I actually wrote something else about 36.

It had to do with space, and how pauses are positive — even when we believe the Dave Eggers mantra that stasis is criminal. We encompassing me, in this essay you’ll never read.

I wanted to like this essay. It had some phrases, or darlings if you will, that I didn’t want to cut out: a girl who only exists as a collection of memories and impressions; and Whether you do something, or you do nothing, you perish; and space is both the kindest and least kind thing I can doThere was even an ode to every relevant band director I ever had (Steve, Greg, Bev, Jesse, Todd, Grant), something-something music happens in the rests.

But this essay annoyed me. And I don’t like it when essays annoy me.

So I kept pushing sentences around, sifting through them like those guys who rake baseball diamonds between innings. And it all felt so damn forced. Like I was trying to write an essay about space, and even though I had an essay about space in front of me, it wasn’t an essay about space. It was words about space scattered around a page in a verbal Rorschach test.

I didn’t even have the heart to cry over these spilt words. So I took some melatonin and went to sleep, angry at the 26 letters stretched across my keyboard. If I could just mash them down in the right order, I could actually create something, you know? And it’s been a long time since I created something.

Good morning, the essay whispered when I opened my laptop the next day Fuck off, I hissed right back. Yes, I’d had coffee. I was now just pissed at the essay.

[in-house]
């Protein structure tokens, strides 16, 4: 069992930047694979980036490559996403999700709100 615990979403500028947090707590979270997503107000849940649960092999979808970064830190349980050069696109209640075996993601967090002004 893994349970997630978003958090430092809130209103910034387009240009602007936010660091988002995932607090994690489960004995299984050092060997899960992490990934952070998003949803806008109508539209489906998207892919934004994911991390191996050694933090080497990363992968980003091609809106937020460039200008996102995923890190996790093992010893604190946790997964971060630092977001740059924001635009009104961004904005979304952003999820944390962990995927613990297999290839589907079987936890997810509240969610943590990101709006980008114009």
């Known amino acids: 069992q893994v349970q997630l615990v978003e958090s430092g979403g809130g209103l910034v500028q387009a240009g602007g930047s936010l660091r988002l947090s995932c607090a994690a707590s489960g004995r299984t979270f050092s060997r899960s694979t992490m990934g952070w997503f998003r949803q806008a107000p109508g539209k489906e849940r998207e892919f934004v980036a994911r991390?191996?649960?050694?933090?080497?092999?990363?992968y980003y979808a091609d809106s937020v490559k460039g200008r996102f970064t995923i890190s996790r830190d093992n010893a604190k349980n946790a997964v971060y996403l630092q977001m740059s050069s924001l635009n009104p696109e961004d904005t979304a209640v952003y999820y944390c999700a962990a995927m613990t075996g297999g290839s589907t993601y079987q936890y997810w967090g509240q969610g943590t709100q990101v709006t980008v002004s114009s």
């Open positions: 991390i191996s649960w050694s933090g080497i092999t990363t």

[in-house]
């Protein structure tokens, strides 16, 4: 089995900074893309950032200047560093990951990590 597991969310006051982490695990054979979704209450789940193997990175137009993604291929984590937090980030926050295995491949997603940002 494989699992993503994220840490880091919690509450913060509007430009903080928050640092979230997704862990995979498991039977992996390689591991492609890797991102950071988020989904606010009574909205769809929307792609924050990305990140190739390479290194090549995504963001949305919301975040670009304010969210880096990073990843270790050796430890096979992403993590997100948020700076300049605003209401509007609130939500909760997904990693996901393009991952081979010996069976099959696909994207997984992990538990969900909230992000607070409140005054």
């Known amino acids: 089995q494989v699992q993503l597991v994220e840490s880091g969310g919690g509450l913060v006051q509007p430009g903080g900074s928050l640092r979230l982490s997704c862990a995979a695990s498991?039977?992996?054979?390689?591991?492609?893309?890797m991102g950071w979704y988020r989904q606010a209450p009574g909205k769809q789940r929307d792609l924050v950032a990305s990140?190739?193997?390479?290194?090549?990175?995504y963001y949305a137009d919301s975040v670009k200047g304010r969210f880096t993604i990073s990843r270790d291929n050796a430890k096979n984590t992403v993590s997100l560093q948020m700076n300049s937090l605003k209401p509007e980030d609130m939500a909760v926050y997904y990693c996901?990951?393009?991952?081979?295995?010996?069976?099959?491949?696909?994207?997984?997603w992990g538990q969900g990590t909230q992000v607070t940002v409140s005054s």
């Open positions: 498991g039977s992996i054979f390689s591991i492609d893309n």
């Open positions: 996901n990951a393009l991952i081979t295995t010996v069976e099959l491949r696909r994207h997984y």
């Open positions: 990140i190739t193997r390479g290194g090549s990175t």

I ignored the essay, figuring I’d let it wallow in its own shame of mediocrity (which is truly my shame, but it’s nice to displace shame sometimes). And then, Tami texted me about something else entirely, and said the magic words: it’s like throwing paper airplanes into the wind, for lack of better effectiveness.

Oh. Yes.

That right there was actually what all those words about space were about. The past year has felt a lot like throwing paper airplanes into the wind. It’s felt like trial and spectacular failure on repeat, like I’m trying to get somewhere I’ll never go, and like I’m trying to solve an unsolvable problem because JESUS CHRIST IT’S A PAPER AIRPLANE FLYING INTO SOME GOD DAMNED WIND.

Even that smug essay was a fine example of this effect. Well played, smug essay.

I came into 35 feeling like I’d gotten a lot of positive outcomes from my body being a playground/science experiment (non-required reading35…plus 34333231, and 30 for good measure). But I’m coming at 36 from the other end of the spectrum, realizing not all experiments leave you feeling more yourself.

Don’t get me wrong, the past year has been bursting with moments I wouldn’t trade for anything — staying up so late it’s early talking and kissing, other people’s 30th birthdays, watching friends get married (and watching friends marry folks), ghost children on records, tacos, Hamilton, book shop openings, trips to San Diego, LA, Reno, New Mexico, Portland, Salt Lake City, and Dillon Beach, traveling to Italy with my parents and seeing the actual towns where my dad’s grandparents grew up, getting high with my best friend and laughing like teenagers at The Bachelor, watching my dad climb out a window at an open house to see where it went, rainy runs, snuggles/long-walks with Maizie, inside jokes involving blue gloves (to name a few) — but internally, I’ve felt static. Blocked, if you will, like a wall of air is rushing against me and I keep brushing myself off and taking a breath, and diving back in.

A piece of me is more annoyed about this than I was about the darn smug essay. But the rest of me sees the point of it all.

Sometimes, you have to try to go somewhere and get nowhere. Sometimes, you have to wind up back where you started so you can get where you’re supposed to finish. Maybe some years are for what appears to be nothing, and those are the years after which you wake the hell up and you do whatever it is you’ve been meaning to.

I need to correct something from above: It had been a long time since I created something. Today is day one of moving beyond that.